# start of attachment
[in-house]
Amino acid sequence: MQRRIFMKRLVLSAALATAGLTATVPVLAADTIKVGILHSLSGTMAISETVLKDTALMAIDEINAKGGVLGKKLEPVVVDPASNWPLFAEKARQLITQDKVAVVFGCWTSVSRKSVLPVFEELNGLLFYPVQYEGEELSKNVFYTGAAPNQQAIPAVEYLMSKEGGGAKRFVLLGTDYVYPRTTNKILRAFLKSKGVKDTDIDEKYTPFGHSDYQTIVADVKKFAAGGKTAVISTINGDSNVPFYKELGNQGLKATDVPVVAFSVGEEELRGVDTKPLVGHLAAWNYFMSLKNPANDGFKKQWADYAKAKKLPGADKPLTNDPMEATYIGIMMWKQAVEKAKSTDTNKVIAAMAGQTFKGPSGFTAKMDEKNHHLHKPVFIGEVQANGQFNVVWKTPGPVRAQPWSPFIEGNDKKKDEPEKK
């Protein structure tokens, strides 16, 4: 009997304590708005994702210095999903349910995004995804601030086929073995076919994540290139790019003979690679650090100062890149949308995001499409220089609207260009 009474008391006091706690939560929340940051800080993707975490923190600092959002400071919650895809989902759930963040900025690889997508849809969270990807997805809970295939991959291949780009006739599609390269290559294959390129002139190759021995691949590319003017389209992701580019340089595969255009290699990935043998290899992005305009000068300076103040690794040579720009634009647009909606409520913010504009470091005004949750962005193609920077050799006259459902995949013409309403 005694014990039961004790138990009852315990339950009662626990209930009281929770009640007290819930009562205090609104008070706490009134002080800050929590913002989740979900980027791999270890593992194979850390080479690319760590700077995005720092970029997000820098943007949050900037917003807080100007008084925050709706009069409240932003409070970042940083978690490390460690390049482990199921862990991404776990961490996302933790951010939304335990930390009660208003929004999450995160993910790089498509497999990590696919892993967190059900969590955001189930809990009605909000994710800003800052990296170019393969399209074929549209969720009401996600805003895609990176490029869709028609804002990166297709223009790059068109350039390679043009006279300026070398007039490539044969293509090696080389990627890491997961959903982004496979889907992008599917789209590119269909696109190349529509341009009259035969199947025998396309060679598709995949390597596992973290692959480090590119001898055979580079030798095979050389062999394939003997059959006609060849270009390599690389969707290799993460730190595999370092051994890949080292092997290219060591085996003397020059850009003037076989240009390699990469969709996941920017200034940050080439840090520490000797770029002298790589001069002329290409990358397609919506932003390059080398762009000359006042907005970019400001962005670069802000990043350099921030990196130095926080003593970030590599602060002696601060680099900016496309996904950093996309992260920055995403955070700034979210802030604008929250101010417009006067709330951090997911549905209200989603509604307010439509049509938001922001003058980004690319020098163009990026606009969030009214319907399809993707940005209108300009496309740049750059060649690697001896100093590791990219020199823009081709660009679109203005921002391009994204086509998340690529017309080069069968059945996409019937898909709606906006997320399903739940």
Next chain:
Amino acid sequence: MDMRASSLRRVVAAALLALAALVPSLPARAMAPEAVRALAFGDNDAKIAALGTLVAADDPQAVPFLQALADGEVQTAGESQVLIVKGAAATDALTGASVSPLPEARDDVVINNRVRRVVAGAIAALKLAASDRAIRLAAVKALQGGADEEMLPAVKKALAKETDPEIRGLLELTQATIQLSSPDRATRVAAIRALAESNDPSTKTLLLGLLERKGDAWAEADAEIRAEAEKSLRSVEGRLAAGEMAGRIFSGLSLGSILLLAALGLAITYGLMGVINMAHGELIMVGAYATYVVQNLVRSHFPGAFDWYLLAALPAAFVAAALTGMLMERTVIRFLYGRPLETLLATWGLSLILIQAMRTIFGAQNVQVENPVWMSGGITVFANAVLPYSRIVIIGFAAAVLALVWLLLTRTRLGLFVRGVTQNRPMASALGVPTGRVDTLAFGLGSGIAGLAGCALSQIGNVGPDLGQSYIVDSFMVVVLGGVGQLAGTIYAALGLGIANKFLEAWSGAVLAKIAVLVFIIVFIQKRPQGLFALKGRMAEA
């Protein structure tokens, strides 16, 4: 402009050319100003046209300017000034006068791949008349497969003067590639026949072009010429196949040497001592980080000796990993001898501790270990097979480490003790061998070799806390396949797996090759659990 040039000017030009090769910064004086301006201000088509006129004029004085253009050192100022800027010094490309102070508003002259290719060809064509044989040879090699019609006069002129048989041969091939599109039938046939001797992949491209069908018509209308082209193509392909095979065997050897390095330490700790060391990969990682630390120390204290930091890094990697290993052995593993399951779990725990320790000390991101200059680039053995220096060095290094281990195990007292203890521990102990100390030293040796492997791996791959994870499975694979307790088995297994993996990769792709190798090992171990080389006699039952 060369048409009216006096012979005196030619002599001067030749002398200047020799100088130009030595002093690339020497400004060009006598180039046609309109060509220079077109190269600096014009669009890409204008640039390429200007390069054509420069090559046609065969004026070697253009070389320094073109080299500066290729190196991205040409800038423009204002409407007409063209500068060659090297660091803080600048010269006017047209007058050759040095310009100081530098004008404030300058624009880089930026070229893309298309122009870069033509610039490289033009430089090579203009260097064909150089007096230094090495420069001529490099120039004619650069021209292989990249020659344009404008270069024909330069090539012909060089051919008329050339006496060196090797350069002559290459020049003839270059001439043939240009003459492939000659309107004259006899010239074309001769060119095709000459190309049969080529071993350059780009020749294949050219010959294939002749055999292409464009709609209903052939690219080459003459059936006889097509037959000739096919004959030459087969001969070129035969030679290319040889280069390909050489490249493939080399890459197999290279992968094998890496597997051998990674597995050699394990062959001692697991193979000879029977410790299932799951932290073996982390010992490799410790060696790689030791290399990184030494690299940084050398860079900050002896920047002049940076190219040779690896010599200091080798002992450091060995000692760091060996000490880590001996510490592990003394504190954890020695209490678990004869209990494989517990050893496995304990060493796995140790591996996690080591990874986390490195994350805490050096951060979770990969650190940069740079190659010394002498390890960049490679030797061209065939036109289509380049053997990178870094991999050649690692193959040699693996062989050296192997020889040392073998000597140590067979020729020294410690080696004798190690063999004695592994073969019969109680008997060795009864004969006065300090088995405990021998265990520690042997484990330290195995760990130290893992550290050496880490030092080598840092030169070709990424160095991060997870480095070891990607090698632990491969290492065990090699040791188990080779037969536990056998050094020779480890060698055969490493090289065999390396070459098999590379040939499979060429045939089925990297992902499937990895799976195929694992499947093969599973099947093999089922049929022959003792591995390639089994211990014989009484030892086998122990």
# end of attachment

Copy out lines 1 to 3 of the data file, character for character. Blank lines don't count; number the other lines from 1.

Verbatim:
[in-house]
Amino acid sequence: MQRRIFMKRLVLSAALATAGLTATVPVLAADTIKVGILHSLSGTMAISETVLKDTALMAIDEINAKGGVLGKKLEPVVVDPASNWPLFAEKARQLITQDKVAVVFGCWTSVSRKSVLPVFEELNGLLFYPVQYEGEELSKNVFYTGAAPNQQAIPAVEYLMSKEGGGAKRFVLLGTDYVYPRTTNKILRAFLKSKGVKDTDIDEKYTPFGHSDYQTIVADVKKFAAGGKTAVISTINGDSNVPFYKELGNQGLKATDVPVVAFSVGEEELRGVDTKPLVGHLAAWNYFMSLKNPANDGFKKQWADYAKAKKLPGADKPLTNDPMEATYIGIMMWKQAVEKAKSTDTNKVIAAMAGQTFKGPSGFTAKMDEKNHHLHKPVFIGEVQANGQFNVVWKTPGPVRAQPWSPFIEGNDKKKDEPEKK
């Protein structure tokens, strides 16, 4: 009997304590708005994702210095999903349910995004995804601030086929073995076919994540290139790019003979690679650090100062890149949308995001499409220089609207260009 009474008391006091706690939560929340940051800080993707975490923190600092959002400071919650895809989902759930963040900025690889997508849809969270990807997805809970295939991959291949780009006739599609390269290559294959390129002139190759021995691949590319003017389209992701580019340089595969255009290699990935043998290899992005305009000068300076103040690794040579720009634009647009909606409520913010504009470091005004949750962005193609920077050799006259459902995949013409309403 005694014990039961004790138990009852315990339950009662626990209930009281929770009640007290819930009562205090609104008070706490009134002080800050929590913002989740979900980027791999270890593992194979850390080479690319760590700077995005720092970029997000820098943007949050900037917003807080100007008084925050709706009069409240932003409070970042940083978690490390460690390049482990199921862990991404776990961490996302933790951010939304335990930390009660208003929004999450995160993910790089498509497999990590696919892993967190059900969590955001189930809990009605909000994710800003800052990296170019393969399209074929549209969720009401996600805003895609990176490029869709028609804002990166297709223009790059068109350039390679043009006279300026070398007039490539044969293509090696080389990627890491997961959903982004496979889907992008599917789209590119269909696109190349529509341009009259035969199947025998396309060679598709995949390597596992973290692959480090590119001898055979580079030798095979050389062999394939003997059959006609060849270009390599690389969707290799993460730190595999370092051994890949080292092997290219060591085996003397020059850009003037076989240009390699990469969709996941920017200034940050080439840090520490000797770029002298790589001069002329290409990358397609919506932003390059080398762009000359006042907005970019400001962005670069802000990043350099921030990196130095926080003593970030590599602060002696601060680099900016496309996904950093996309992260920055995403955070700034979210802030604008929250101010417009006067709330951090997911549905209200989603509604307010439509049509938001922001003058980004690319020098163009990026606009969030009214319907399809993707940005209108300009496309740049750059060649690697001896100093590791990219020199823009081709660009679109203005921002391009994204086509998340690529017309080069069968059945996409019937898909709606906006997320399903739940």